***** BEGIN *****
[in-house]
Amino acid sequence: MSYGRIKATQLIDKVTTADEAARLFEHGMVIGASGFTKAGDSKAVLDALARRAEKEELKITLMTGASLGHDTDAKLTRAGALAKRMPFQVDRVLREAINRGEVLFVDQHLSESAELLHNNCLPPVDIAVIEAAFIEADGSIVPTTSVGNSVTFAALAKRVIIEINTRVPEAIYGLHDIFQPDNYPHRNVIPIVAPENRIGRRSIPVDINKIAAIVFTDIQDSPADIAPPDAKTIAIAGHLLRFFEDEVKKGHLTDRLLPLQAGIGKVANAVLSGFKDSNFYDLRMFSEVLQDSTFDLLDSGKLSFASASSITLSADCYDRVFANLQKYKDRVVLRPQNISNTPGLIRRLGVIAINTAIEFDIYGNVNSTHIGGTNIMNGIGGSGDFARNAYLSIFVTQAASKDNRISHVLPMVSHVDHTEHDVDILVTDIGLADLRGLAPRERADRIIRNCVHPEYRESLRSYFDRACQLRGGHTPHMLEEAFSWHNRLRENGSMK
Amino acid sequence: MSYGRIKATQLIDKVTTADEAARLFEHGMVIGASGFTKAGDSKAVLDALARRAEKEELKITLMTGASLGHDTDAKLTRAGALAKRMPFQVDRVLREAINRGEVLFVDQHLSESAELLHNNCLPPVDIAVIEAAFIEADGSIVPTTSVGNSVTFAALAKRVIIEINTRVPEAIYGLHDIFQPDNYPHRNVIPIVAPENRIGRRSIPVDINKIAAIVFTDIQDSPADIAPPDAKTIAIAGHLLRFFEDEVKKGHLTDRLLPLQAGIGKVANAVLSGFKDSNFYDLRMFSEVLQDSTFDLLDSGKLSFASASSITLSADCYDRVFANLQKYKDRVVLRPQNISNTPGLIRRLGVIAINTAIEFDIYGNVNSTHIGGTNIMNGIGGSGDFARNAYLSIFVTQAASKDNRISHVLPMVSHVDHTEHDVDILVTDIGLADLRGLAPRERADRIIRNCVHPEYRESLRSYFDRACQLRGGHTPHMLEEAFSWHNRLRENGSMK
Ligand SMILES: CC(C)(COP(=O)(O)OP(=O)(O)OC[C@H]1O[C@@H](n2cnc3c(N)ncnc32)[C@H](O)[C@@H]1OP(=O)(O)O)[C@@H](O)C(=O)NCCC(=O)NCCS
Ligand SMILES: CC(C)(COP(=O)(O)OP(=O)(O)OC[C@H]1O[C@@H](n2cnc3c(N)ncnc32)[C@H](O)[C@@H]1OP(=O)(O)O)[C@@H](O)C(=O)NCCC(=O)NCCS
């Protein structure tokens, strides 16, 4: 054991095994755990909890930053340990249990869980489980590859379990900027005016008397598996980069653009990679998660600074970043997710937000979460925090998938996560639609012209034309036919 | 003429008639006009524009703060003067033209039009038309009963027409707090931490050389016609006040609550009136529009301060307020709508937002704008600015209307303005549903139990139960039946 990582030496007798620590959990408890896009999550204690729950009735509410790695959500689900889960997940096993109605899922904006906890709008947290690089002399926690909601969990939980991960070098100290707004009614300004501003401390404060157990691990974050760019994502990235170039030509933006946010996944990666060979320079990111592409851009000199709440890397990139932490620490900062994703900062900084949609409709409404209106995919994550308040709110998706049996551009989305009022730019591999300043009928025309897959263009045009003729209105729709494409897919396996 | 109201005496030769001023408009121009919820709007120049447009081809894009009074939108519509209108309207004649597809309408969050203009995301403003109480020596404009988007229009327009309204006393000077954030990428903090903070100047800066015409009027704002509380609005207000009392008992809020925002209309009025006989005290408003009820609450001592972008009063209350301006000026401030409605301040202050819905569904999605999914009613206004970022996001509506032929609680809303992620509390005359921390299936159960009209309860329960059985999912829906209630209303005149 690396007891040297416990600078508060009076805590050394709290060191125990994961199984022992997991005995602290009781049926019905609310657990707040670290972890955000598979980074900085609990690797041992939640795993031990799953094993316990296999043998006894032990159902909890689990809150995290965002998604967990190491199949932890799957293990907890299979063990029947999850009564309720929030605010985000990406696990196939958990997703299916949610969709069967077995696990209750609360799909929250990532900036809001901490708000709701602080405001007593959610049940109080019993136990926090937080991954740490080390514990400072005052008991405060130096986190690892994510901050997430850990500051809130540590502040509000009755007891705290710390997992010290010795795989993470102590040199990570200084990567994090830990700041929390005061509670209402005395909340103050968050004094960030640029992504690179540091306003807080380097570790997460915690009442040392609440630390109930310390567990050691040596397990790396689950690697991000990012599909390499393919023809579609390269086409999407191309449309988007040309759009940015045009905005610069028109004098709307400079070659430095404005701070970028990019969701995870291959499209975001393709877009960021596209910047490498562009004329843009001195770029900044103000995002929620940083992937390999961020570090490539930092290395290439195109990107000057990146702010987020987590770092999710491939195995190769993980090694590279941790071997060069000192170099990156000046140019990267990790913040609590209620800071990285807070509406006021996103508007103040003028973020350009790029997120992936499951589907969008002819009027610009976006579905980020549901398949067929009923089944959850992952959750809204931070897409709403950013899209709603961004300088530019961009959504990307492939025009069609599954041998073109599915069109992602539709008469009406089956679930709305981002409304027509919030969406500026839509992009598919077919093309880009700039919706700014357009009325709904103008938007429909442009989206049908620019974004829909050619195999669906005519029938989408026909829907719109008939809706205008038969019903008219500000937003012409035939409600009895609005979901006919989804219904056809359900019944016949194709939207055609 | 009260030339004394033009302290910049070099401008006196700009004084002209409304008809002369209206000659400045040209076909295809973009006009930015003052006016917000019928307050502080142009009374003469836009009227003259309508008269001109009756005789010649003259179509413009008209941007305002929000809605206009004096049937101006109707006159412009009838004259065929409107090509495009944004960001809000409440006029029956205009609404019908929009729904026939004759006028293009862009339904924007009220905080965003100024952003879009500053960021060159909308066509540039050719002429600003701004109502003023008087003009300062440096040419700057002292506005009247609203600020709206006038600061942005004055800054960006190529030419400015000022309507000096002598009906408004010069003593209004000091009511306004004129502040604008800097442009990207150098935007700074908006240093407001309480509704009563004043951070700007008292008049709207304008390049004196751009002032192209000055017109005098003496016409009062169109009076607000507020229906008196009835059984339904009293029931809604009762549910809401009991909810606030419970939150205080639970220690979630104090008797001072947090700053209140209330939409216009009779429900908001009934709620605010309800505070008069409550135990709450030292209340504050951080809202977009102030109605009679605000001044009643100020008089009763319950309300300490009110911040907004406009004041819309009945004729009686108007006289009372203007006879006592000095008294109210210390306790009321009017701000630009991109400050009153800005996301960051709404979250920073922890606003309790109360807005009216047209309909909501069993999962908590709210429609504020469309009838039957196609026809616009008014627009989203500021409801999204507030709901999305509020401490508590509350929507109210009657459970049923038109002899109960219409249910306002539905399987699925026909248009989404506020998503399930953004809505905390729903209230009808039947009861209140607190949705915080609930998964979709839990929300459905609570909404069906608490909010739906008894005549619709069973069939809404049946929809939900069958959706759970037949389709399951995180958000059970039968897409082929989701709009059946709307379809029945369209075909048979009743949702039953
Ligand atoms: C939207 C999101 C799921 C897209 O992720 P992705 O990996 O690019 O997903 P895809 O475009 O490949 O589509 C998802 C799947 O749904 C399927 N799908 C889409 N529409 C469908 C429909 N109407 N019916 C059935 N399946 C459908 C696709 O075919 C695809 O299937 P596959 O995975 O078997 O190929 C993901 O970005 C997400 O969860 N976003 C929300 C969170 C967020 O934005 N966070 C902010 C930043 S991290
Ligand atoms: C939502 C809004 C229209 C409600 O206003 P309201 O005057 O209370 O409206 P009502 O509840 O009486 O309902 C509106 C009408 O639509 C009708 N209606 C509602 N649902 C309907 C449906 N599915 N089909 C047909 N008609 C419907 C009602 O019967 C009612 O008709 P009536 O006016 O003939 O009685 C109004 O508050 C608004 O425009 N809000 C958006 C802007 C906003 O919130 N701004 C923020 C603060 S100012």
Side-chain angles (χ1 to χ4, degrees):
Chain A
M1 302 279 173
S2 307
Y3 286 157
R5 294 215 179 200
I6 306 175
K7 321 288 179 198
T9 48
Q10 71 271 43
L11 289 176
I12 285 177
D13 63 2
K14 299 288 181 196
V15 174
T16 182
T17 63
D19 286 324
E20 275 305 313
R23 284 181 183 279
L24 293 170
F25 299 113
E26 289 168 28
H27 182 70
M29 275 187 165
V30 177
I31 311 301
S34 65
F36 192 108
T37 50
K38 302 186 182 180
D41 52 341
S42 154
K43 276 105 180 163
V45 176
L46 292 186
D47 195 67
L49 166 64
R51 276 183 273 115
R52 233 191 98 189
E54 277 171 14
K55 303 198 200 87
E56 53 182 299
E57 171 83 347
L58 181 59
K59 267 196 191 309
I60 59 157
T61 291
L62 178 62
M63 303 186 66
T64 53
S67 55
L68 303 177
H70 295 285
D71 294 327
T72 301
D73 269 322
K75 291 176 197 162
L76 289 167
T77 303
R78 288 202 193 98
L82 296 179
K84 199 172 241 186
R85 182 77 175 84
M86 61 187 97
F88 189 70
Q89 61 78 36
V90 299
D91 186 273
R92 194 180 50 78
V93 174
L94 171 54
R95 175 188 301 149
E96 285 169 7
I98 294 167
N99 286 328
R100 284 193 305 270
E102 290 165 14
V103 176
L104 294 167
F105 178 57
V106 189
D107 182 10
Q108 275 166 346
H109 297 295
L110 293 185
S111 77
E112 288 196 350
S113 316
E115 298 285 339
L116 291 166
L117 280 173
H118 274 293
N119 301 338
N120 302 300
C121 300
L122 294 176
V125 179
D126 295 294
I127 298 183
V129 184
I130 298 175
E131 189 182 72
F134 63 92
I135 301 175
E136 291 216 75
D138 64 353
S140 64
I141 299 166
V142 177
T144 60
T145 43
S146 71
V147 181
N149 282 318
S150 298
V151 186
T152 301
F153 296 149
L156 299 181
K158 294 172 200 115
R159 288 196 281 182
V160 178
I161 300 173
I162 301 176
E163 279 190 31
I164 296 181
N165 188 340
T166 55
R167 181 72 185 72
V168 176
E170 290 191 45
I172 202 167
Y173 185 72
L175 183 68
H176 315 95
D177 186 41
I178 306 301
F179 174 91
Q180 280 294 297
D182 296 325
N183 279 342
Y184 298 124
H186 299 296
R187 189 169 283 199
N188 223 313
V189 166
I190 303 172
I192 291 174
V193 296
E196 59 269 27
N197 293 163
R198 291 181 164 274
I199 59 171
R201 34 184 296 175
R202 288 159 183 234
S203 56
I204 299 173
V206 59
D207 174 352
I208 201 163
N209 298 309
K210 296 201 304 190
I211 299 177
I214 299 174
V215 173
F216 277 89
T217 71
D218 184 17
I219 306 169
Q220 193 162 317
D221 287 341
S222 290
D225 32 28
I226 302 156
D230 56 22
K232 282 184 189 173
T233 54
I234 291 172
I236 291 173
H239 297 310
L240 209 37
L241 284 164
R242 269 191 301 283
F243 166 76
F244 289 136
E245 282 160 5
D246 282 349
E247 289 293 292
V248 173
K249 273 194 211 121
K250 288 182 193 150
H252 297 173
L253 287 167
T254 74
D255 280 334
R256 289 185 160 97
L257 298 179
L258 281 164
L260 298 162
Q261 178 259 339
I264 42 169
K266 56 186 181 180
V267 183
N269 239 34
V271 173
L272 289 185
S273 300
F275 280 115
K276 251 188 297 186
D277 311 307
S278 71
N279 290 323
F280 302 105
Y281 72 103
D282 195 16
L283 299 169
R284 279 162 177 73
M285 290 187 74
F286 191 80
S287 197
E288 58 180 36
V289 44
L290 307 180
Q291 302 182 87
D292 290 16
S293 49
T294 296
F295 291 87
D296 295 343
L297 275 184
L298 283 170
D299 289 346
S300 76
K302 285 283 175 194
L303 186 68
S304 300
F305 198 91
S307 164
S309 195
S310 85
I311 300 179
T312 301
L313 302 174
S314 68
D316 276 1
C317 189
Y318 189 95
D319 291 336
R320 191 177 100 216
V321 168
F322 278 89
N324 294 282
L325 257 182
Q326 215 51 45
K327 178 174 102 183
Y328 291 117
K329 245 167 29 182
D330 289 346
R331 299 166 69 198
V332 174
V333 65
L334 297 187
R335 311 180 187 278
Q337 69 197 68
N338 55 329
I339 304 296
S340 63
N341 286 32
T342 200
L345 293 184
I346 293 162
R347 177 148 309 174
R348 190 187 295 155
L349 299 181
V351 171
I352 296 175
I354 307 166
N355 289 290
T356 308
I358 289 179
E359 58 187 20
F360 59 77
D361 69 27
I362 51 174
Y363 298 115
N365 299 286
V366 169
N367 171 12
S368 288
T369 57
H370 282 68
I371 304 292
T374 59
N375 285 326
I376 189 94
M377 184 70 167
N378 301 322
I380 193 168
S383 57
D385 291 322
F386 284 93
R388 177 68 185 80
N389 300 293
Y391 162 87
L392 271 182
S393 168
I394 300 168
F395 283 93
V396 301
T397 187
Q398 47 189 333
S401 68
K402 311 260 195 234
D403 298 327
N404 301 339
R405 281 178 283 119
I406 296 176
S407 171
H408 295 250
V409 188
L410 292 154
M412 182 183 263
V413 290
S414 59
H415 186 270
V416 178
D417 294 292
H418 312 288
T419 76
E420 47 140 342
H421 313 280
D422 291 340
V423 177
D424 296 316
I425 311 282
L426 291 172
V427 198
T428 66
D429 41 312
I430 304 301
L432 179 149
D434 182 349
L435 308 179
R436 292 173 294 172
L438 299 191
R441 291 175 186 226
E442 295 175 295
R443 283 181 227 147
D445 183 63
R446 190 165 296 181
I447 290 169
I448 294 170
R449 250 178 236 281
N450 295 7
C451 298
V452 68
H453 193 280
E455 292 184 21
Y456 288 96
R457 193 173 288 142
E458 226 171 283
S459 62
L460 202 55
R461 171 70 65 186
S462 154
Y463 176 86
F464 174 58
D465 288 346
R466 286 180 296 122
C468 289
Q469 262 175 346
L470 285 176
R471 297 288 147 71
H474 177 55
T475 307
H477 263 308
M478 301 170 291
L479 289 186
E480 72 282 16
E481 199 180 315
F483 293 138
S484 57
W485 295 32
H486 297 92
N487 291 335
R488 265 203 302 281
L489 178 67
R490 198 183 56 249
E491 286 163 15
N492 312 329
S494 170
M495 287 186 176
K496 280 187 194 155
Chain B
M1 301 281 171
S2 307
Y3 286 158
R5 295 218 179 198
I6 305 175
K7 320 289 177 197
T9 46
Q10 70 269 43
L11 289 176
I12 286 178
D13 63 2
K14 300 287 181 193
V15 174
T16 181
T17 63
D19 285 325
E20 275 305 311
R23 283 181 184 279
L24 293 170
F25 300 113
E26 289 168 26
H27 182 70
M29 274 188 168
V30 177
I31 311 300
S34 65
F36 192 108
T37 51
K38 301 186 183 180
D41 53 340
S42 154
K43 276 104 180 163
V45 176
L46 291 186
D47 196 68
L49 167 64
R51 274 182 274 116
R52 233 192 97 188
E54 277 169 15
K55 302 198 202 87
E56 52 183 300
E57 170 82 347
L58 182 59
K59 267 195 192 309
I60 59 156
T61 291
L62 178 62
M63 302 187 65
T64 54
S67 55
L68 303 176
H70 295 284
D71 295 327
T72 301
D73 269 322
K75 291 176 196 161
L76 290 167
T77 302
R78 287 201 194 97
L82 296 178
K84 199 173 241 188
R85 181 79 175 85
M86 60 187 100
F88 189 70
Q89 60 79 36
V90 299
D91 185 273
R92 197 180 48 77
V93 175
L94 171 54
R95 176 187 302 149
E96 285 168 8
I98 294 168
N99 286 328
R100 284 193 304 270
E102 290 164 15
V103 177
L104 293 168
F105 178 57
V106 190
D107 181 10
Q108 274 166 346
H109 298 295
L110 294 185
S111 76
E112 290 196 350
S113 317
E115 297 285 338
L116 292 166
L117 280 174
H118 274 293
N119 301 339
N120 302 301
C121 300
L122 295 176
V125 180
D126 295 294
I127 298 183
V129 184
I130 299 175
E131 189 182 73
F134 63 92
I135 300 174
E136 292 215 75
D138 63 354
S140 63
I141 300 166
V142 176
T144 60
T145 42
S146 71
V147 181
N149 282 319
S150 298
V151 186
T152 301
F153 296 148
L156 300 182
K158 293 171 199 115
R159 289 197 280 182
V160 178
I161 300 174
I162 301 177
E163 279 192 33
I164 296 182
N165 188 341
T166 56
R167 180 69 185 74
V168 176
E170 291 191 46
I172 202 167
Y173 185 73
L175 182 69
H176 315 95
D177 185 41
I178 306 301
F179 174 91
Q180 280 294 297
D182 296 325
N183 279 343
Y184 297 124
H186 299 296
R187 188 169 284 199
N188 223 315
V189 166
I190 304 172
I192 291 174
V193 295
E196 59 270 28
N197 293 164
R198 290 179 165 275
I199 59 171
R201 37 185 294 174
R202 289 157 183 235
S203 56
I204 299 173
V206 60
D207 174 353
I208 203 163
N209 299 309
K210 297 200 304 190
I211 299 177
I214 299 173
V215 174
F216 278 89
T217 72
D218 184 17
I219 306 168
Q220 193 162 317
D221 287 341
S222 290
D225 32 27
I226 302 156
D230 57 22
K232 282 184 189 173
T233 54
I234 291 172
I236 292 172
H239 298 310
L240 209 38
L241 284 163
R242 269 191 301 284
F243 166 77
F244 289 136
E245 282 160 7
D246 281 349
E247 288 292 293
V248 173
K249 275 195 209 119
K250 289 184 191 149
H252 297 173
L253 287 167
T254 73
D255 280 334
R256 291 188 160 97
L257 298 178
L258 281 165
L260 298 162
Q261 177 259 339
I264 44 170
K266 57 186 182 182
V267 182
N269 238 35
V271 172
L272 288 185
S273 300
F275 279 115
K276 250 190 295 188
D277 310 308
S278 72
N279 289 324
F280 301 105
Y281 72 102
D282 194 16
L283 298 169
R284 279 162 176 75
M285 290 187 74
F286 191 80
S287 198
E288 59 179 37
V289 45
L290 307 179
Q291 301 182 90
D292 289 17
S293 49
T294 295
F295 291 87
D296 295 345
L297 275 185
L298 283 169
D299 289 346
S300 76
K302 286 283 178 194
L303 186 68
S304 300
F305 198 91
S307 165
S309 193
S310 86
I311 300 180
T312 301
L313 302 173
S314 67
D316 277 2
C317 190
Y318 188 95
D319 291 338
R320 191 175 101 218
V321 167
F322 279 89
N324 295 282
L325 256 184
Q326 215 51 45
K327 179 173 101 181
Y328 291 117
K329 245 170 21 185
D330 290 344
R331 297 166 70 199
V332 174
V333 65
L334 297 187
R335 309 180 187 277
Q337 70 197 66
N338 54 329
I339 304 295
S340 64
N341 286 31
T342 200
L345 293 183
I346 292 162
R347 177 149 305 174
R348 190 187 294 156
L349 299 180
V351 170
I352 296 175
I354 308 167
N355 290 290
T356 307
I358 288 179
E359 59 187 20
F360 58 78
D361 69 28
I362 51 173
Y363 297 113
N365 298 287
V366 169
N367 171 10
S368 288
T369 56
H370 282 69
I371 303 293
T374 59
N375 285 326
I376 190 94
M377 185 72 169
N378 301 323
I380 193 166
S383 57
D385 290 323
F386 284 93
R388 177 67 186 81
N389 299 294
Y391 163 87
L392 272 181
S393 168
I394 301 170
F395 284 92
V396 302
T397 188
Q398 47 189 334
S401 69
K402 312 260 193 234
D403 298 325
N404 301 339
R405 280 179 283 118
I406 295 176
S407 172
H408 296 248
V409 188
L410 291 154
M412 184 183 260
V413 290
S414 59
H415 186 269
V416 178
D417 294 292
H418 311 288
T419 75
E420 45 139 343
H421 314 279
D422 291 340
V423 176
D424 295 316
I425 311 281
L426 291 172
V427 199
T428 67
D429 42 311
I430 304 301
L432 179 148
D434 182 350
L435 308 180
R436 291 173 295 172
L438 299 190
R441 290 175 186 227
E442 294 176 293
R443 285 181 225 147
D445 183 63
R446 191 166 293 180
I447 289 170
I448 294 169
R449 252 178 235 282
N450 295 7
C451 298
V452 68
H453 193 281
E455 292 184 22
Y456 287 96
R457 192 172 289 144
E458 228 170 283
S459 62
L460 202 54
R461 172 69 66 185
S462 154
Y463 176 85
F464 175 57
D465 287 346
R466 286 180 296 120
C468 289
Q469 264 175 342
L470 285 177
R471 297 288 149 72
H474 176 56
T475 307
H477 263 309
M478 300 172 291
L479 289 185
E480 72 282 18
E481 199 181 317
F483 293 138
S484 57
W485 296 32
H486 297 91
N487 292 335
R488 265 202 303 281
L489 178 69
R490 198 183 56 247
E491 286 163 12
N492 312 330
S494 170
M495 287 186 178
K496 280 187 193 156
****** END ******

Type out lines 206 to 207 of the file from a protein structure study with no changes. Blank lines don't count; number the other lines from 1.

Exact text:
L257 298 179
L258 281 164